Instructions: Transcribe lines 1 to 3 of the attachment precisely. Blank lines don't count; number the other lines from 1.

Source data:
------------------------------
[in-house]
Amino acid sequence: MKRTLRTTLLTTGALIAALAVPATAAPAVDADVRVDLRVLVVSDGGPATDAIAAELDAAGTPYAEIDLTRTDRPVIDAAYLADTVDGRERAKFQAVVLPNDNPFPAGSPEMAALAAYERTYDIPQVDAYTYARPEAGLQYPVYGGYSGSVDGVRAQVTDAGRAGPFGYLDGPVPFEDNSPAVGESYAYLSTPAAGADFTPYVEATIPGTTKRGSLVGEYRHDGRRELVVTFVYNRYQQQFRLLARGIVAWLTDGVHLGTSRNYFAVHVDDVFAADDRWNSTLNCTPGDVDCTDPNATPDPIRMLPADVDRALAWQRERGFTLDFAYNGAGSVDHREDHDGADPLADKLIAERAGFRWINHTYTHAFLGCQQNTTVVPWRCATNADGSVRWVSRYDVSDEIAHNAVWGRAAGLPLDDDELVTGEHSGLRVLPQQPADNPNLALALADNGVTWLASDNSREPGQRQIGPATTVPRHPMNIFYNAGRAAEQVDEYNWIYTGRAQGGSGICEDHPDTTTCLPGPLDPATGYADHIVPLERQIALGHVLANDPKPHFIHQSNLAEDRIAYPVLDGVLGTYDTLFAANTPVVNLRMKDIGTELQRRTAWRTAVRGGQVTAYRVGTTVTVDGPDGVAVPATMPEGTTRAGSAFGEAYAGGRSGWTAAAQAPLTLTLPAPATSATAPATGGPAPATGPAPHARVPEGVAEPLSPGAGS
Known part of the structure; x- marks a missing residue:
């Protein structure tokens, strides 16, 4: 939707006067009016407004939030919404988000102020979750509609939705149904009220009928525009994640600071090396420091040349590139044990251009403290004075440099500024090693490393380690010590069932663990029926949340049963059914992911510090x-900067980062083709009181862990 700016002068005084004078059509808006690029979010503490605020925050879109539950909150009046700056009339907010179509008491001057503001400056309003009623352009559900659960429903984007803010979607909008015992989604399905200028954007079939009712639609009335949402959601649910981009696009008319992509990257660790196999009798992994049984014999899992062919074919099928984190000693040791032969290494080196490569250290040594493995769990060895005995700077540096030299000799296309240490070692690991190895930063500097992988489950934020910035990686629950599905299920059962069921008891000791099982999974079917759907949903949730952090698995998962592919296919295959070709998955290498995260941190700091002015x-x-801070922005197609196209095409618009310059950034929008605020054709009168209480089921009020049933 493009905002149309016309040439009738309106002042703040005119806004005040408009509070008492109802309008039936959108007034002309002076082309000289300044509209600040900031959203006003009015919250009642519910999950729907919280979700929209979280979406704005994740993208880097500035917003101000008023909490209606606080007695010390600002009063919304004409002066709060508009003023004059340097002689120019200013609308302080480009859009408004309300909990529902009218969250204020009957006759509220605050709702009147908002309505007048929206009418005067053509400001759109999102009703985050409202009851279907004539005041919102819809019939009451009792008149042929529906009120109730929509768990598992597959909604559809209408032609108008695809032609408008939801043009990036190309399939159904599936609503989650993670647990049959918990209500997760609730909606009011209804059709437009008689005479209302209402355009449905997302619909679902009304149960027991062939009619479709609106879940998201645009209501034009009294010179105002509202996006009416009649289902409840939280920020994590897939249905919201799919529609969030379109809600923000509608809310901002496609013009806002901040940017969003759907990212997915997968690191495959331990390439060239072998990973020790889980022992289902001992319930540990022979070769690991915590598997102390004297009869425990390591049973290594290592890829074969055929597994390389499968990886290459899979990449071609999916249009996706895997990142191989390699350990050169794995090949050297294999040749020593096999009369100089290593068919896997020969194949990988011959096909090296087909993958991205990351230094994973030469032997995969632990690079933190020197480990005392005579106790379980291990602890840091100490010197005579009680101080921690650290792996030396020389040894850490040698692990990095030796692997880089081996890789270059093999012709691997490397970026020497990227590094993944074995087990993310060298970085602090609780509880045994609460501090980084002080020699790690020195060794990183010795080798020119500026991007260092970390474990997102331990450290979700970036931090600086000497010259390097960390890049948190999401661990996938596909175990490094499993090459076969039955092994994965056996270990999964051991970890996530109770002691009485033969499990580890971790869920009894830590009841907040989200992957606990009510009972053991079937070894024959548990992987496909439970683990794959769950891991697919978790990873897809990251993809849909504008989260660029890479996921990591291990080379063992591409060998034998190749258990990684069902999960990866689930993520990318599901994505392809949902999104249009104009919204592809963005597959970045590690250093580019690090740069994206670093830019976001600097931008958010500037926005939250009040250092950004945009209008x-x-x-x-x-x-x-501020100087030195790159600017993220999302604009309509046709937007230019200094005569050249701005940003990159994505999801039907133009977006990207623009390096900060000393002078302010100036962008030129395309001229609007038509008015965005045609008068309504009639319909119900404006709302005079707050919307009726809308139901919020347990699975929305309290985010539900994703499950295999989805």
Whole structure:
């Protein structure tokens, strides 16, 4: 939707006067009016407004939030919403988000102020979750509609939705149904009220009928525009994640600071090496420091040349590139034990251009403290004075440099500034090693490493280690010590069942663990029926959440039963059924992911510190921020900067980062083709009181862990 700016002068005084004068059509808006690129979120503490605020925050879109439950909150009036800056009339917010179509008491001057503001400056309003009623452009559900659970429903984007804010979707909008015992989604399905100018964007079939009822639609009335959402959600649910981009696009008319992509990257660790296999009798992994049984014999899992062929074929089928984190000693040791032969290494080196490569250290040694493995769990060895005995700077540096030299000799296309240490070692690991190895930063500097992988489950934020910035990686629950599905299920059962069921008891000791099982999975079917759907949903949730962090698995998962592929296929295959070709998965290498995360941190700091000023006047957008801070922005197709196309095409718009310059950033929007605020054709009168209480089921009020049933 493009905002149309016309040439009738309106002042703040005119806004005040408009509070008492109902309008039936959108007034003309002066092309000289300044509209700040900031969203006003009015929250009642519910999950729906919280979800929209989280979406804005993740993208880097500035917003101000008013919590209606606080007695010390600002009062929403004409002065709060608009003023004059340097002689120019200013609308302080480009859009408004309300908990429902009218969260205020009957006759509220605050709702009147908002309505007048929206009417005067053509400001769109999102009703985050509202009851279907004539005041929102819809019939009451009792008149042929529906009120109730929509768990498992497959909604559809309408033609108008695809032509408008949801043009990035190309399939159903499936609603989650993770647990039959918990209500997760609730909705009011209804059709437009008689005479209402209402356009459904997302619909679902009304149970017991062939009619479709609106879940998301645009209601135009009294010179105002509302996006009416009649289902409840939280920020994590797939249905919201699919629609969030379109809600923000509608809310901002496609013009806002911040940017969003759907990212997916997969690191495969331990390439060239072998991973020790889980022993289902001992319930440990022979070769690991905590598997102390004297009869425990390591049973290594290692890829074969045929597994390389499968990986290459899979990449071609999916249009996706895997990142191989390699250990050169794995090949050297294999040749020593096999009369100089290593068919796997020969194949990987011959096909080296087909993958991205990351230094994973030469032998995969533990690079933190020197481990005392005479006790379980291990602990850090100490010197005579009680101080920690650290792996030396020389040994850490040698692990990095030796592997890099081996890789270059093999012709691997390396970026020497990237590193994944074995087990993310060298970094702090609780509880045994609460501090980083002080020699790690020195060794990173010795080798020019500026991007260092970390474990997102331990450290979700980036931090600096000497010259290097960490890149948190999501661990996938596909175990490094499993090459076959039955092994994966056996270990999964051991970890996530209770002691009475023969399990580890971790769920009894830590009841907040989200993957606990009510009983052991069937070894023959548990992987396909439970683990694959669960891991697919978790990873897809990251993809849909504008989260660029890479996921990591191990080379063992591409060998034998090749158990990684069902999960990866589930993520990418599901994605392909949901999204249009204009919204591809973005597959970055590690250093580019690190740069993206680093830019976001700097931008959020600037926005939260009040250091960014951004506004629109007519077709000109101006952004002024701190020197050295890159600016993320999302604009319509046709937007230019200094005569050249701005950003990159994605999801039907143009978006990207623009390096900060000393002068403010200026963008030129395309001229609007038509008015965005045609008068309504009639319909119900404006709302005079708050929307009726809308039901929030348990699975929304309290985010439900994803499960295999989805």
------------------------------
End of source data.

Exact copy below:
[in-house]
Amino acid sequence: MKRTLRTTLLTTGALIAALAVPATAAPAVDADVRVDLRVLVVSDGGPATDAIAAELDAAGTPYAEIDLTRTDRPVIDAAYLADTVDGRERAKFQAVVLPNDNPFPAGSPEMAALAAYERTYDIPQVDAYTYARPEAGLQYPVYGGYSGSVDGVRAQVTDAGRAGPFGYLDGPVPFEDNSPAVGESYAYLSTPAAGADFTPYVEATIPGTTKRGSLVGEYRHDGRRELVVTFVYNRYQQQFRLLARGIVAWLTDGVHLGTSRNYFAVHVDDVFAADDRWNSTLNCTPGDVDCTDPNATPDPIRMLPADVDRALAWQRERGFTLDFAYNGAGSVDHREDHDGADPLADKLIAERAGFRWINHTYTHAFLGCQQNTTVVPWRCATNADGSVRWVSRYDVSDEIAHNAVWGRAAGLPLDDDELVTGEHSGLRVLPQQPADNPNLALALADNGVTWLASDNSREPGQRQIGPATTVPRHPMNIFYNAGRAAEQVDEYNWIYTGRAQGGSGICEDHPDTTTCLPGPLDPATGYADHIVPLERQIALGHVLANDPKPHFIHQSNLAEDRIAYPVLDGVLGTYDTLFAANTPVVNLRMKDIGTELQRRTAWRTAVRGGQVTAYRVGTTVTVDGPDGVAVPATMPEGTTRAGSAFGEAYAGGRSGWTAAAQAPLTLTLPAPATSATAPATGGPAPATGPAPHARVPEGVAEPLSPGAGS
Known part of the structure; x- marks a missing residue: